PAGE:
Bulgaria assumes EU presidency under cloud of concern over media freedom
Bulgaria assumed the six-month rotating EU presidency in January 2018. The country has the worst press freedom rating in the European Union, and as the transition took place, several political figures, activists, journalists and organisations sounded the alarm over threats to media freedom and independence in the country.
In December 2017, several opposition political parties published a declaration of their concern over how the current government has used its Commission for the Confiscation of Unlawfully Acquired Property (KONPI) to confiscate several media outlet owners' property. The parties claim that:
“the regime of Borissov, Tstatsarov and Peevski has transformed KONPI into an instrument of repression against the freedom of the press and the freedom of expression”.
Journalists raised the question of how the Bulgarian EU presidency will influence media freedom in a country - as Bulgarian journalists have been persecuted for their investigative reporting. For example, Bulgarian journalist Dilyana Gaytandzhieva was fired for publishing an investigation into weapons from the U.S., Saudi Arabia and Bulgaria that were shipped by the Azerbaijani Silk Way airline to Syria. This case is not an isolated incident as there have been other threats and allegations against journalists for doing their job. Observers are eager to see if any improvements will result from Bulgaria's hosting of the EU presidency for the next six months.
Following a January 2018 conference on media freedom in Bulgaria, the “White Paper on Freedom of the Media in Bulgaria" presented by the European Newspaper Publishers Association (ENPA) echoed concerns on the state of media freedom in the country. At the European Centre for Press & Media Freedom (ECPMF) in Brussels on 25th January, ENPA reiterated its commitment to and strong support for and its Bulgarian counterparts. It "stressed the urgent need to ensure and respect press freedom, media pluralism and editorial independence in Bulgaria".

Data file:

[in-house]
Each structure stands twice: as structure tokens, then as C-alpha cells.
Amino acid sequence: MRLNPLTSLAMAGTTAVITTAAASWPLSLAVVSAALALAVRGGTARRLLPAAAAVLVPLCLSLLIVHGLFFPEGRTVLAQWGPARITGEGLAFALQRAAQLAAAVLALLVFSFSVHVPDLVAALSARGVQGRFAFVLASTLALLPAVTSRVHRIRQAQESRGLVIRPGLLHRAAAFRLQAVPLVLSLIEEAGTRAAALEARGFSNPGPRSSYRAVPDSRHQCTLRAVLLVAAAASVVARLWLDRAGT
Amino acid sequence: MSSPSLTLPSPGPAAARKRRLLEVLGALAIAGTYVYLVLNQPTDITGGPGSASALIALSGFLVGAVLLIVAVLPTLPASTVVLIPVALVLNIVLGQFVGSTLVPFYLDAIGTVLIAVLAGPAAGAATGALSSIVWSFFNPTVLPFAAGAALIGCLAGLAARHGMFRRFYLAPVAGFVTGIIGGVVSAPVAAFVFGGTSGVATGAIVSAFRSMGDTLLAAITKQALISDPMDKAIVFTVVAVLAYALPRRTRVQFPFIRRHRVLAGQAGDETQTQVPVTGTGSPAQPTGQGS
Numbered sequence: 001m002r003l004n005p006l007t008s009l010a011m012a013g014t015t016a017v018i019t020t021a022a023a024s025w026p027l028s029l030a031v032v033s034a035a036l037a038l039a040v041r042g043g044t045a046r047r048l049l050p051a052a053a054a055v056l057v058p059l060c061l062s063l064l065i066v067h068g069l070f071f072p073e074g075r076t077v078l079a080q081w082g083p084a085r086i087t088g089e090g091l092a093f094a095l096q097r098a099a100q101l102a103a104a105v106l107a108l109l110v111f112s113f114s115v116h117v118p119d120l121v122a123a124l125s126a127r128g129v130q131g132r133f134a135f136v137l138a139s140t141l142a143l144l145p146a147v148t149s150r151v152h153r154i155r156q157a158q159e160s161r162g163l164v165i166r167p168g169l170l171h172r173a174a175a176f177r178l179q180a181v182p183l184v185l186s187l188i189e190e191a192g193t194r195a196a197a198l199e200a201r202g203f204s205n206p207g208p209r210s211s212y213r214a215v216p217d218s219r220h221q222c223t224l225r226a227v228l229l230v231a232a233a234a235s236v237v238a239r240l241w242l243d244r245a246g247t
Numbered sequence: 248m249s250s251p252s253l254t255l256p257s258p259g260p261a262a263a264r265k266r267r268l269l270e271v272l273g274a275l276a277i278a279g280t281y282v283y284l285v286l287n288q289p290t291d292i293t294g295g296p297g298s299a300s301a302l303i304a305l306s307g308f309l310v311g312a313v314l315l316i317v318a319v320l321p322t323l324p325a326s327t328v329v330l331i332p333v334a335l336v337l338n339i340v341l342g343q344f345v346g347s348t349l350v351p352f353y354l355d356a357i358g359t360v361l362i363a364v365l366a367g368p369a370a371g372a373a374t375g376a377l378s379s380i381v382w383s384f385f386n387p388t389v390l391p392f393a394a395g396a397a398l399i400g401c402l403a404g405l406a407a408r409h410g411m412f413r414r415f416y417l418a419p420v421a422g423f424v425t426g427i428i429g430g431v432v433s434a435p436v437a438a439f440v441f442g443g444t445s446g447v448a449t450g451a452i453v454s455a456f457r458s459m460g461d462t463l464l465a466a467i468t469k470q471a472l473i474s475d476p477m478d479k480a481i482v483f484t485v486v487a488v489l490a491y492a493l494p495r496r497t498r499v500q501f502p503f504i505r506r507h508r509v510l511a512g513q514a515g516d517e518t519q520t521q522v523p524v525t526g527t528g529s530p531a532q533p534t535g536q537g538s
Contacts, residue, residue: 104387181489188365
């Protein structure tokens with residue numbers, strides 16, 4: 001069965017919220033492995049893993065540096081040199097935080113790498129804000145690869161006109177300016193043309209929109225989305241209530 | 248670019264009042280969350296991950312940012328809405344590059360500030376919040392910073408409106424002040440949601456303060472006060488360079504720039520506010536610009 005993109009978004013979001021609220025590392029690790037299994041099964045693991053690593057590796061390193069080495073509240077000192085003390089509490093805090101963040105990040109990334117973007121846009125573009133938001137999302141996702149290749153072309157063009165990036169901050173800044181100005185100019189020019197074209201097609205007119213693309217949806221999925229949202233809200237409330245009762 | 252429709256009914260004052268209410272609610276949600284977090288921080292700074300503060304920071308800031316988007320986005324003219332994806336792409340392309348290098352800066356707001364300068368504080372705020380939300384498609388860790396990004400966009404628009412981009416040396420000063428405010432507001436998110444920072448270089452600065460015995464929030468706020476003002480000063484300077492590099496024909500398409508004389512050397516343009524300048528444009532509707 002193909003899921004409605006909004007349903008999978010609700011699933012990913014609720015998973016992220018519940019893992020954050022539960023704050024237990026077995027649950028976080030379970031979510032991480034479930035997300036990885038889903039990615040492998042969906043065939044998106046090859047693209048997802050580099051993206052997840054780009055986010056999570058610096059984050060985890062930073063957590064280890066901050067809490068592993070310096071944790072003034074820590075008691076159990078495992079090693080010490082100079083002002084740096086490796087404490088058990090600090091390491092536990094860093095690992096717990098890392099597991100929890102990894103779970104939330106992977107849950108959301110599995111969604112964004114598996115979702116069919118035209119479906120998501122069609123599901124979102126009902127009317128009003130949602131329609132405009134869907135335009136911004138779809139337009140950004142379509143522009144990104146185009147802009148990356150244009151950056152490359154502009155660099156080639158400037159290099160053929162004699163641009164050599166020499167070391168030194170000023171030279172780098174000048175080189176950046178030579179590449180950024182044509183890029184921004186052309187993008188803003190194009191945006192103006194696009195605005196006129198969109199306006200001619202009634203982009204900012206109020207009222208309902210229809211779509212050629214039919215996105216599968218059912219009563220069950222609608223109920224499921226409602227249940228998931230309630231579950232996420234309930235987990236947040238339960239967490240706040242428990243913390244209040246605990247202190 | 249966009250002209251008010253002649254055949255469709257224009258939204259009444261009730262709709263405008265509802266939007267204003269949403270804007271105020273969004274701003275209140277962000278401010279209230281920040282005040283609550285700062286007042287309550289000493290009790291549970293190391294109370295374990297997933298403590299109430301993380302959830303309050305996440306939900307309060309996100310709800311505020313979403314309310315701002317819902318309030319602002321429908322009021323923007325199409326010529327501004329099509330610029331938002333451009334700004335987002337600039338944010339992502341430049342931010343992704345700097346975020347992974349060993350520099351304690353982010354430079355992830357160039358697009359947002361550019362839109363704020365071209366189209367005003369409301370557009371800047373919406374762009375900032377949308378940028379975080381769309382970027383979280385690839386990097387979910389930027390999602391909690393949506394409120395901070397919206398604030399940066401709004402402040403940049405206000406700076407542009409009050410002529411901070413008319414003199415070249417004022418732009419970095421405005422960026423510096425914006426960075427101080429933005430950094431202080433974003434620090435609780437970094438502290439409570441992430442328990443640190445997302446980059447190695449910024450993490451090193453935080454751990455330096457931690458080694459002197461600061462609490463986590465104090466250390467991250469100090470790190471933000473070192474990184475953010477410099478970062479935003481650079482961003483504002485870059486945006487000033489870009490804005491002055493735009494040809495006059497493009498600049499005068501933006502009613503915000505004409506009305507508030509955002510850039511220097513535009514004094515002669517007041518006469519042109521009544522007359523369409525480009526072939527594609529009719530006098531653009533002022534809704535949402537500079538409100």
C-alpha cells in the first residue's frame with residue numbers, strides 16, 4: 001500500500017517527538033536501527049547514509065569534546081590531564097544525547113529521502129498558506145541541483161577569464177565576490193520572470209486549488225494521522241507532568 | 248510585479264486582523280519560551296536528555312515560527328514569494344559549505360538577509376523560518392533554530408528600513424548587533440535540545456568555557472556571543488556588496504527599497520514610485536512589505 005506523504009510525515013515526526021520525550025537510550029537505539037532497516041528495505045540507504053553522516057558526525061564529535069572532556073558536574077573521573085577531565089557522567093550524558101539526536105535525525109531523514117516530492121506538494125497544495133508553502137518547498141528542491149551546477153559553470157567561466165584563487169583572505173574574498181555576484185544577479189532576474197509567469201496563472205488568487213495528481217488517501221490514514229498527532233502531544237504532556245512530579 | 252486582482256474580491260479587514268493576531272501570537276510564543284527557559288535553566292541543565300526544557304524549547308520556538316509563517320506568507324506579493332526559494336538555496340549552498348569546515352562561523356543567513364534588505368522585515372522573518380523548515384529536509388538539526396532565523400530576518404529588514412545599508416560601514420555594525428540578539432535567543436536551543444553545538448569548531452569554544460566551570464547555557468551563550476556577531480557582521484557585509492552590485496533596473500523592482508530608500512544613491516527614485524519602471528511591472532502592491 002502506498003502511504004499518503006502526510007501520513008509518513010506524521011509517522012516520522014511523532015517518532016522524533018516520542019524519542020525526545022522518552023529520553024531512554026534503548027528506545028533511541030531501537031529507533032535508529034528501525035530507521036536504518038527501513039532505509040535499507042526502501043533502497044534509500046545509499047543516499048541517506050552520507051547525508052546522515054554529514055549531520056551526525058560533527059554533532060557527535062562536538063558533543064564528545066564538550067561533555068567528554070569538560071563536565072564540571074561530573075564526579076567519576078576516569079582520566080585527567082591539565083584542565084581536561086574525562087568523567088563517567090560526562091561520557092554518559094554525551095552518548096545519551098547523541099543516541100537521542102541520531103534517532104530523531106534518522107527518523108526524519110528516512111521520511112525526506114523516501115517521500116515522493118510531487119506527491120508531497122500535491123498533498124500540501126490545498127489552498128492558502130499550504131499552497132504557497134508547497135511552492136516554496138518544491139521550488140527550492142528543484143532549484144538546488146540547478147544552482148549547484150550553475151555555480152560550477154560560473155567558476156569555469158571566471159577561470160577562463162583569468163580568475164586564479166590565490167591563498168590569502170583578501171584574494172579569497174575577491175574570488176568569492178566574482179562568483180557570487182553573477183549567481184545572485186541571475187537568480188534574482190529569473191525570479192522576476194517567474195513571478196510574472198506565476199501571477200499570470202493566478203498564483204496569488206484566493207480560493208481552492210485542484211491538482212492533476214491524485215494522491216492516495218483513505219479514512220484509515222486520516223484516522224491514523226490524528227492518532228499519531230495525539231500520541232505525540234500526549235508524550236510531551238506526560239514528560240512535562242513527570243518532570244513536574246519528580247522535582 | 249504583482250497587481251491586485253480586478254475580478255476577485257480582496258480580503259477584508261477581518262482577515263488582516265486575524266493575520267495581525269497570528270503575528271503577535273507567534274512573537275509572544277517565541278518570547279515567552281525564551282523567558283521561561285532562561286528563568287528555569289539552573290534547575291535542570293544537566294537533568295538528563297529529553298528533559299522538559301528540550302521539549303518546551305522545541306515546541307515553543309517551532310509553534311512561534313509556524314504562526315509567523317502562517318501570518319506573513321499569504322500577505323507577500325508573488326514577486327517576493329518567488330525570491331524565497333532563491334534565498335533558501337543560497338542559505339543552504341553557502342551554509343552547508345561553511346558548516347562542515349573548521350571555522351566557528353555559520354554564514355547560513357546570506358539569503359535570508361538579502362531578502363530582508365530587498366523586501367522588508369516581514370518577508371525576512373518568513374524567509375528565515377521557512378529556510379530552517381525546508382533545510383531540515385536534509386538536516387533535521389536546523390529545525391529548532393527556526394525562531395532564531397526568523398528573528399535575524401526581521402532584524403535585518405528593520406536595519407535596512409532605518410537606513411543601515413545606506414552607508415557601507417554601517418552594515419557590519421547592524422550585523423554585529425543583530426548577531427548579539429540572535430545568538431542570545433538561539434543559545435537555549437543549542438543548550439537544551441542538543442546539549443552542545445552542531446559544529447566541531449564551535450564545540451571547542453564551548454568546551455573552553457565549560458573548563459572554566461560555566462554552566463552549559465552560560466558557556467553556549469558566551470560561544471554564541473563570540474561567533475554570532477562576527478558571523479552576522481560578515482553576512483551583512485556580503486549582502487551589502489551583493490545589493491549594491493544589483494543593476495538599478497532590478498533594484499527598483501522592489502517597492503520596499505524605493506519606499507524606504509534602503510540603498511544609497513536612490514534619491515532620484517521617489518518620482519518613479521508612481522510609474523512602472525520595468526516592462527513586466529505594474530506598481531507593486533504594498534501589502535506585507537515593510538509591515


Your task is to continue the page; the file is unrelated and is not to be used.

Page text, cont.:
My thoughts on #Bulgaria's #EU presidency for @euobs— Nicolas Tenzer (@NTenzer) January 26, 2018
Corruption, press-freedom, judiciary, #Russia's influence, rise of far-right (part of ruling coalition) are major concerns, though it isn't the most problematic country.
Certainly better in than out.https://t.co/nNLQ61Ks5T
ECHR rulings in three cases against the Bulgarian state
On 11th January 2018, the European Court of Human Rights (ECHR) ruled in favour of the applicants in the following three cases: United Macedonian Organisation Ilinden and Others v. Bulgaria; Yordan Ivanov and Others v. Bulgaria; and Kiril Ivanov v. Bulgaria. The applicants had filed complaints in regards to Article 11 - freedom of assembly and association - in the European Convention on Human Rights.
The first case goes back to 2006 when the Bulgarian authorities refused to register the United Macedonian Organisation Ilinden whose purpose was to gain recognition for the Macedonian minority in the country. The group appealed the government's decision and then took the case to the ECHR.
In early January 2018, thousands of Bulgarian citizens gathered to protest the authorities’ decision to allow tourism-related construction projects on protected national parks. The decision violates the Protected Areas Act and the European Habitats Directive. Protesters called for Environmental Minister Neno Dimev's resignation.The protests, under the slogan "For Nature!" began in the capital, Sofia, but soon spread to other cities and towns.
#Bulgaria : Thousands took part in a cold night protest against harsh and ill-drafted redevelopment plans for century-old woodland in Pirin nature reserve. Protesters called for the resignation of the Cabinet, echoing previous protest waves which toppled governments. #SavePirin pic.twitter.com/PIIhnqN41S— Maria Spirova (@MariaSpirova) January 4, 2018